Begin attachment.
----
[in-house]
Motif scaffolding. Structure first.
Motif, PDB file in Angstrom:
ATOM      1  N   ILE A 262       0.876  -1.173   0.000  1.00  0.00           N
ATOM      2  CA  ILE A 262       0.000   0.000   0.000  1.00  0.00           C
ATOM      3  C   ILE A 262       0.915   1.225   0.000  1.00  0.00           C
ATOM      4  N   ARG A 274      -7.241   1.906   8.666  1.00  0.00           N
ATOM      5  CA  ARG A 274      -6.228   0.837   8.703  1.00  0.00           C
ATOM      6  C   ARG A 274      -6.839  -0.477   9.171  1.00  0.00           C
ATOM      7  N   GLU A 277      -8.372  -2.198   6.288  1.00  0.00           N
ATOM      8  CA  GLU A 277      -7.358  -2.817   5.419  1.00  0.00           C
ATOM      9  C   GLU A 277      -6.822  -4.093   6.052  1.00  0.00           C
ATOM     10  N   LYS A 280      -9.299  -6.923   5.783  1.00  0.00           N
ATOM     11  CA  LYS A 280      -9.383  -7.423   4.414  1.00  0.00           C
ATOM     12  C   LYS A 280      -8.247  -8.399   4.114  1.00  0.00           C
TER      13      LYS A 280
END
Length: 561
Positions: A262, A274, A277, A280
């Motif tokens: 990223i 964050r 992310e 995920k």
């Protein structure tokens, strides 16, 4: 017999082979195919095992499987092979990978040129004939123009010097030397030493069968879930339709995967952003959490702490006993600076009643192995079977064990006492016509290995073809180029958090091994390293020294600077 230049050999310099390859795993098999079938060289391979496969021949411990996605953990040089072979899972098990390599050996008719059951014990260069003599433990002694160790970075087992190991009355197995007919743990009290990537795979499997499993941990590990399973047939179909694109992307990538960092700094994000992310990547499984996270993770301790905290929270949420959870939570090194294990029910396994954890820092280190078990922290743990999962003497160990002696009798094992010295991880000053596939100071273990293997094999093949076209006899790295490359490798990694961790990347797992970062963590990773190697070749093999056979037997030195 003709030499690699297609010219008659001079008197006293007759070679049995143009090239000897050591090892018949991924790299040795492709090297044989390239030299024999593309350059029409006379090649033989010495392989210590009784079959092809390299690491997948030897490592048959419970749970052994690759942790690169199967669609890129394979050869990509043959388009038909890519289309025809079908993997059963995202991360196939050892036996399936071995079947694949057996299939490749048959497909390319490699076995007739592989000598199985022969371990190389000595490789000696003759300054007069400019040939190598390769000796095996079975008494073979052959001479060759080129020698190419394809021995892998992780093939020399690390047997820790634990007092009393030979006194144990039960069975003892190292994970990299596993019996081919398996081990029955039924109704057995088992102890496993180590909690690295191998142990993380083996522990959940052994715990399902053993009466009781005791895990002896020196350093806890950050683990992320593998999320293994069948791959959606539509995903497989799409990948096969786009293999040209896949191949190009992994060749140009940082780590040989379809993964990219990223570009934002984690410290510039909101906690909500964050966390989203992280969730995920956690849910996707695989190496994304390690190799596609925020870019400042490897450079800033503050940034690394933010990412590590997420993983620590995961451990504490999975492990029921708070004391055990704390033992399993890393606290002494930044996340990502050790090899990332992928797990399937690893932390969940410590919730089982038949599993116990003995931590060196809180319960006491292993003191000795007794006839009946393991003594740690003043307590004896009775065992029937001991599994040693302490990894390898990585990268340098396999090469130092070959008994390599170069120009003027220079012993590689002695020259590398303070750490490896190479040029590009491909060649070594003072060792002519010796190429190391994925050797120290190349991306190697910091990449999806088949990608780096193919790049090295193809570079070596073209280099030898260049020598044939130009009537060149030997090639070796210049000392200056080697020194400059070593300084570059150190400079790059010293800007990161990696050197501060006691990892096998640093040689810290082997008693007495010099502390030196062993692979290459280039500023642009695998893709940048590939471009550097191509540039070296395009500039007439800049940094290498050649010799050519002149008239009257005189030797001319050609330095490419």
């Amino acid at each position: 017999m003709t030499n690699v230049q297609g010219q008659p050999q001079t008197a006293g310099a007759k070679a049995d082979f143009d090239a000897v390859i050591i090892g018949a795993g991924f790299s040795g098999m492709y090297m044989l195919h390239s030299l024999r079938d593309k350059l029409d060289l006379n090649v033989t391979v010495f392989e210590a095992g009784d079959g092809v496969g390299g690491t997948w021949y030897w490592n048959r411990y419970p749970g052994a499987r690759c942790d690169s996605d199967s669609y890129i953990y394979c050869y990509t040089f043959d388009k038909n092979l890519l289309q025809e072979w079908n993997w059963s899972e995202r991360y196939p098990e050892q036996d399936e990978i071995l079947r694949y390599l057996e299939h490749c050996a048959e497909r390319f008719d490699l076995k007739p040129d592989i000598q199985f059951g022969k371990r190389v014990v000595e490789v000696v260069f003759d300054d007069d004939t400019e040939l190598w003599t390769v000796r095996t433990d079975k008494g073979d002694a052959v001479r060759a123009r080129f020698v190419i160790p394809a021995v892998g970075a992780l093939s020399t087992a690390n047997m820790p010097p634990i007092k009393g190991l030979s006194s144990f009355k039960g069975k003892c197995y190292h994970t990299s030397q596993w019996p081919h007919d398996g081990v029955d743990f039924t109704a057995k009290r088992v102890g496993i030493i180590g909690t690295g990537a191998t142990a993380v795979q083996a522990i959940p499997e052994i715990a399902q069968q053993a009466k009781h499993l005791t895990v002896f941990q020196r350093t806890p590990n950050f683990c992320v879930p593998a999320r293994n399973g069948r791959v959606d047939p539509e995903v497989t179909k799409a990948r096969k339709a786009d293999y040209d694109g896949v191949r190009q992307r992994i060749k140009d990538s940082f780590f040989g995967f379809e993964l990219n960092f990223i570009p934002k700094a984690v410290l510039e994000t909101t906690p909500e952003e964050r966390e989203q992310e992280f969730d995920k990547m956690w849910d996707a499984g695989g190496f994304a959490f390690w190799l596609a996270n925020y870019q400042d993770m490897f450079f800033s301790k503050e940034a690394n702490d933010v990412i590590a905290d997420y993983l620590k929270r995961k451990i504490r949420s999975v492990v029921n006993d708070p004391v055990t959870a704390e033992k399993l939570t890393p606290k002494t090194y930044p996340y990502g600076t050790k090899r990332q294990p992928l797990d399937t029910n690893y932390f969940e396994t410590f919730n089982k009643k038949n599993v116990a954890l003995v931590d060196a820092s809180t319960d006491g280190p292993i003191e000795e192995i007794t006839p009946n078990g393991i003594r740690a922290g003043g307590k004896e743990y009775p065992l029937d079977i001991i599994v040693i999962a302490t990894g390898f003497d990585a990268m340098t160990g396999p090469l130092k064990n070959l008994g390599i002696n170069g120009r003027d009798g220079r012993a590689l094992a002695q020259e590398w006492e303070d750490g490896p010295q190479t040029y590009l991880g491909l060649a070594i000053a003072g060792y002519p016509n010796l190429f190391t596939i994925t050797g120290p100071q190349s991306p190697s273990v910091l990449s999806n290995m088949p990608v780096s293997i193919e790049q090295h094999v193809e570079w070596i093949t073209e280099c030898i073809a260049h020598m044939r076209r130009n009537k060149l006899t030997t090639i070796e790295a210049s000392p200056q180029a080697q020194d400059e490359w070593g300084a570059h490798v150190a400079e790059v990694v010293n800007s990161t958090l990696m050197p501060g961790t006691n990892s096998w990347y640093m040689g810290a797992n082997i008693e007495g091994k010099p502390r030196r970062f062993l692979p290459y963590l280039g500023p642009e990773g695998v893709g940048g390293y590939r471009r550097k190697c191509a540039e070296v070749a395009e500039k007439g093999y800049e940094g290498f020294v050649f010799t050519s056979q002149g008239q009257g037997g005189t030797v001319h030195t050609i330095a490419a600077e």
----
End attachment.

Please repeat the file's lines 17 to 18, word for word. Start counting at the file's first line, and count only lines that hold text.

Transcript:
END
Length: 561